Watch "Sister Act 2: Back in the Habit" closely, and you'll get a fleeting glimpse of the movie's 6-foot-4 director Bill Duke as a hardworking store owner. Duke cast himself in the role after the actor hired for the part skipped town.

But here's one actor/director who isn't hankering to follow in the footsteps of Hollywood's best-known hyphenate - Clint Eastwood."I saw `Unforgiven' and (wondered) `How the hell did he do that?"' says Duke, a veteran actor who has directed four feature films and more than 70 television shows. "It's very difficult to direct something and do it well. But to direct and act - it's very hard."

In "Sister Act 2," which opens Friday, Las Vegas lounge singer Deloris Van Cartier (Whoopi Goldberg) dons the habit again. Instead of hiding from her mobster boyfriend, as in the first "Sister Act," she's trying to save her old high school from a group of unruly kids.

Duke, the director of black-oriented films like "A Rage in Harlem" and "Deep Cover," got the "Sister Act 2" job after Disney executives caught his work on "The Cemetery Club," a Disney comedy about three Jewish widows released earlier this year.

"The Cemetery Club" was a major breakthrough for Duke, who has campaigned hard to broaden opportunities for black directors beyond films with black story lines and small budgets.

"I don't say, `Francis Ford Coppola, what a wonderful Italian-American director,"' explains Duke, 50, during a telephone interview from Beverly Hills. "I judge him based on his film, his craft, his art. That's the way I feel I should be dealt with in this industry."

With "Sister Act 2," Duke has become one of the first black filmmakers to direct a movie with a budget over $38 million. But the stereotypes persist.

"People think of you in a very limited way," says Duke. "They believe that you should accept things based upon their perception of you. If you don't, there seems to be a problem."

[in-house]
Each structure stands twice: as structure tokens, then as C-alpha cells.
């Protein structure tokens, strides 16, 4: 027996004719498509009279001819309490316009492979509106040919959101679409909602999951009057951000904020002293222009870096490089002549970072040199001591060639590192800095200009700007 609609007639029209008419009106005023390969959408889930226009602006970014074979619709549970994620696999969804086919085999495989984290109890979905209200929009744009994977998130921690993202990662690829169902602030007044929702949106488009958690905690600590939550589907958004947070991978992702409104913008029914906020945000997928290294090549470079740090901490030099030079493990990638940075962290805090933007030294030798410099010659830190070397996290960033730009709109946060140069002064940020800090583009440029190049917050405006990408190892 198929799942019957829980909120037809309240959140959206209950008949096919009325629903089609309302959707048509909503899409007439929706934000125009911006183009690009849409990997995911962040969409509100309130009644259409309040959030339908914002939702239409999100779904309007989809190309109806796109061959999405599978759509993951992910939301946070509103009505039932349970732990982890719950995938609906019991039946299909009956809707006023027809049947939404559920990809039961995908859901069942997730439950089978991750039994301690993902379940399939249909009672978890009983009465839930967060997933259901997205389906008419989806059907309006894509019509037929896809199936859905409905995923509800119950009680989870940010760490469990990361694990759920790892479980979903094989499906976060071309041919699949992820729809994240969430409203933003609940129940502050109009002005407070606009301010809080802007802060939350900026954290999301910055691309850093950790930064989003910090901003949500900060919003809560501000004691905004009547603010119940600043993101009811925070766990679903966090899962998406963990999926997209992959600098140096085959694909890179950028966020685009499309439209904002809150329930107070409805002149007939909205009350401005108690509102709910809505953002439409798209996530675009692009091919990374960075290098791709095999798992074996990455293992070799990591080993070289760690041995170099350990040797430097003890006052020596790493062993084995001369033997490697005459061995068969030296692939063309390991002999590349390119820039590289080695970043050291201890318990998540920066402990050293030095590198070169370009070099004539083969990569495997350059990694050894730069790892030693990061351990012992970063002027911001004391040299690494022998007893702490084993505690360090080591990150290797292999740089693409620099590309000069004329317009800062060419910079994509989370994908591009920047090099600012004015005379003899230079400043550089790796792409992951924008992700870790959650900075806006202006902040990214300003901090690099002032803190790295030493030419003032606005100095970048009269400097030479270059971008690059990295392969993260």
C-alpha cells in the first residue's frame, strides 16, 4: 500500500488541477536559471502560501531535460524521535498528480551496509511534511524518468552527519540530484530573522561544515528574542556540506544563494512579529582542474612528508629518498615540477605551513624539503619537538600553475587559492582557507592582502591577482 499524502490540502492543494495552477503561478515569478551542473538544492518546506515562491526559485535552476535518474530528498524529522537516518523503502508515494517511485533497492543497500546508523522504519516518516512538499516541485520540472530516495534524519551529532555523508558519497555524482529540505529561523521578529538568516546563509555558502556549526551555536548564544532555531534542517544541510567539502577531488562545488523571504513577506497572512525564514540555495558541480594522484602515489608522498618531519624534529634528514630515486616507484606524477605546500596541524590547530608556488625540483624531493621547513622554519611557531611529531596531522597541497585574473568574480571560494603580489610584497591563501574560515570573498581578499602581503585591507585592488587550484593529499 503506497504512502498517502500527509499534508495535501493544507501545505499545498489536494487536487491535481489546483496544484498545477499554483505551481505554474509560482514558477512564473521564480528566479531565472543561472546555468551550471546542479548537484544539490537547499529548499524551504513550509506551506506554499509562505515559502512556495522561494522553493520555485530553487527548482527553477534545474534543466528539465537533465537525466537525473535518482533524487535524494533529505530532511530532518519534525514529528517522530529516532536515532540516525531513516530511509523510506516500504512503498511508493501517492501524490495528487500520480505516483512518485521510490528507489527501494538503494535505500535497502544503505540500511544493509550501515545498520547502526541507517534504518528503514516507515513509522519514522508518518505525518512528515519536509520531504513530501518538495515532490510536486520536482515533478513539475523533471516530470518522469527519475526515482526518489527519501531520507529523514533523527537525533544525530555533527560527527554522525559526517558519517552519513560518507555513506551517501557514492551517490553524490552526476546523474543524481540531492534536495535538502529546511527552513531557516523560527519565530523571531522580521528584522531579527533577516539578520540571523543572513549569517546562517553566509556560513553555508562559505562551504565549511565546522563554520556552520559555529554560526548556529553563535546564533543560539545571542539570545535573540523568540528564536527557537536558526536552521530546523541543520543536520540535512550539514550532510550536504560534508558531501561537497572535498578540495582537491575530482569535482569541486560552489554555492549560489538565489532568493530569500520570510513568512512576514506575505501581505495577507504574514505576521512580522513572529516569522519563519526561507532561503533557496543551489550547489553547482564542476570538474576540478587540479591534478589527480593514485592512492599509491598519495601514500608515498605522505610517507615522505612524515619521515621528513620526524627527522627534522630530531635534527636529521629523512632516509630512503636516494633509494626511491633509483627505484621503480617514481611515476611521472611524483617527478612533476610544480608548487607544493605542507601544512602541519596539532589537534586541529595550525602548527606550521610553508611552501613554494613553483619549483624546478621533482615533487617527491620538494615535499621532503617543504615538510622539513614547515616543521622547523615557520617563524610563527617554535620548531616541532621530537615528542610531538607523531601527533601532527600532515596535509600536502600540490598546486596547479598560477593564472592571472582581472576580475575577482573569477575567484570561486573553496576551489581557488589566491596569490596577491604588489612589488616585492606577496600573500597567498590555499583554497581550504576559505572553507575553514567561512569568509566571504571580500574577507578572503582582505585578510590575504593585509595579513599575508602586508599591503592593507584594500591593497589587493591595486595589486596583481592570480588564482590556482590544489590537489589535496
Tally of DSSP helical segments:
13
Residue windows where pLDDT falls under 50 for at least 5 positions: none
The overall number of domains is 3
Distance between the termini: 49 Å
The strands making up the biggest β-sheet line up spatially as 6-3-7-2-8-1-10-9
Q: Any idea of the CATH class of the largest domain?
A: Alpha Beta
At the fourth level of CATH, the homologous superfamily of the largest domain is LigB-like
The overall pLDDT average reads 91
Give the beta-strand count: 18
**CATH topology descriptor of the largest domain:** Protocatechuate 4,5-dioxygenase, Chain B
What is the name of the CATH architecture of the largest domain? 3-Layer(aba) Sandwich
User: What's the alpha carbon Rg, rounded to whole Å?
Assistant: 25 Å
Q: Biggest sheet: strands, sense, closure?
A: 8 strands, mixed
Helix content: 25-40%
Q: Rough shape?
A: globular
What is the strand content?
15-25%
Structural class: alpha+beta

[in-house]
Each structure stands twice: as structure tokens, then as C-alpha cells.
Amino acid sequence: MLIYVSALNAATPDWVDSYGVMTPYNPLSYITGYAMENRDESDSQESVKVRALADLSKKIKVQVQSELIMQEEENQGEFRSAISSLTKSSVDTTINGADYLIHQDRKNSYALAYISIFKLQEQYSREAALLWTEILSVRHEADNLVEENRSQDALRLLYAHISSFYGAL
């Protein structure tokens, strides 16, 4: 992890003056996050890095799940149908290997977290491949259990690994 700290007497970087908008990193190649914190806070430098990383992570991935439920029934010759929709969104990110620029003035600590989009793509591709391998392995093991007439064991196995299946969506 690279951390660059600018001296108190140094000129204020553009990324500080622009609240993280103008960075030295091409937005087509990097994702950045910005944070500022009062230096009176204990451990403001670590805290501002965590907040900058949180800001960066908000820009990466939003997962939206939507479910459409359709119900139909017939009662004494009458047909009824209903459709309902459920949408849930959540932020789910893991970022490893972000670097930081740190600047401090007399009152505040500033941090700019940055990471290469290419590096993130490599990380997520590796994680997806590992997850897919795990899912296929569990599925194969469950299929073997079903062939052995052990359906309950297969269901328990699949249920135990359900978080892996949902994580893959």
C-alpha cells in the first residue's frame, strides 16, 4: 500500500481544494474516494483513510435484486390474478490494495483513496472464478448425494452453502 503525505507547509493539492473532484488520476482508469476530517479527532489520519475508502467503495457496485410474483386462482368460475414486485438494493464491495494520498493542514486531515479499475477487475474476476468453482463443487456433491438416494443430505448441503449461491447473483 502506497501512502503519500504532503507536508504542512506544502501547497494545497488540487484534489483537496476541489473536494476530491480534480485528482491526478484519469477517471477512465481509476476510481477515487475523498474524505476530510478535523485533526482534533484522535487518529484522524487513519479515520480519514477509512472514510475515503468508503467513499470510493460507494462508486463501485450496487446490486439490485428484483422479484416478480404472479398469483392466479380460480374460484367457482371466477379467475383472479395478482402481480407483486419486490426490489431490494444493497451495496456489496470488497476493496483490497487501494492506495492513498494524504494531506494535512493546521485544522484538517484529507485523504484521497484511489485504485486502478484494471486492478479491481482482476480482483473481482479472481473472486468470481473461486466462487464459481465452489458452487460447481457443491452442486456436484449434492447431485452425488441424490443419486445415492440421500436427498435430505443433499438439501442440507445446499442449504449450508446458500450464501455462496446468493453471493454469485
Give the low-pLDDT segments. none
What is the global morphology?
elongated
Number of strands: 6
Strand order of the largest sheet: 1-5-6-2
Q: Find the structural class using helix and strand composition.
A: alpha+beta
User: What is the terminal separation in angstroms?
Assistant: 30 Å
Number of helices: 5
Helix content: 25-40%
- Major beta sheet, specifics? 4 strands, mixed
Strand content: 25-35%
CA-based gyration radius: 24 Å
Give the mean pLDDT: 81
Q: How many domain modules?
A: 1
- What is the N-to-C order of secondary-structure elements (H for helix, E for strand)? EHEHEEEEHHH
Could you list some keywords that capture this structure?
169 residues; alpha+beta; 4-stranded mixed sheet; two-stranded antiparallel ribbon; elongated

Duke's attitudes about racial stereotypes developed as he grew up in Poughkeepsie under the stern guidance of his parents, Bill and Ethel Duke.

"My parents never let the color of our skin be an excuse for why we did not succeed," says Duke. They taught him "you can't be limited by the way people perceive you - you're only limited by your ability."

Duke put these lessons to practical use a decade ago, when his acting waned after a successful stint in film ("American Gigolo") and TV ("Palmerstown, USA").

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"I thought I had made it," says Duke, who also appeared in "Predator" and "Menace II Society." "Then I decided if I was going to deal with the realities of this town, I had to utilize all of my talents to survive."

Duke began his directing career after studying at the American Film Institute, then went on to direct episodes of some of the most successful TV shows of the '80s: "Hill Street Blues," "Dallas" and "Miami Vice."

Last month, Duke stretched into publishing with "Black Light: The African-American Hero," a book celebrating the achievements of blacks in education, science and art.

"Without understanding your history, you can't get a perspective about the present," says Duke. "Things are difficult now, but it's nothing compared to how they've been."

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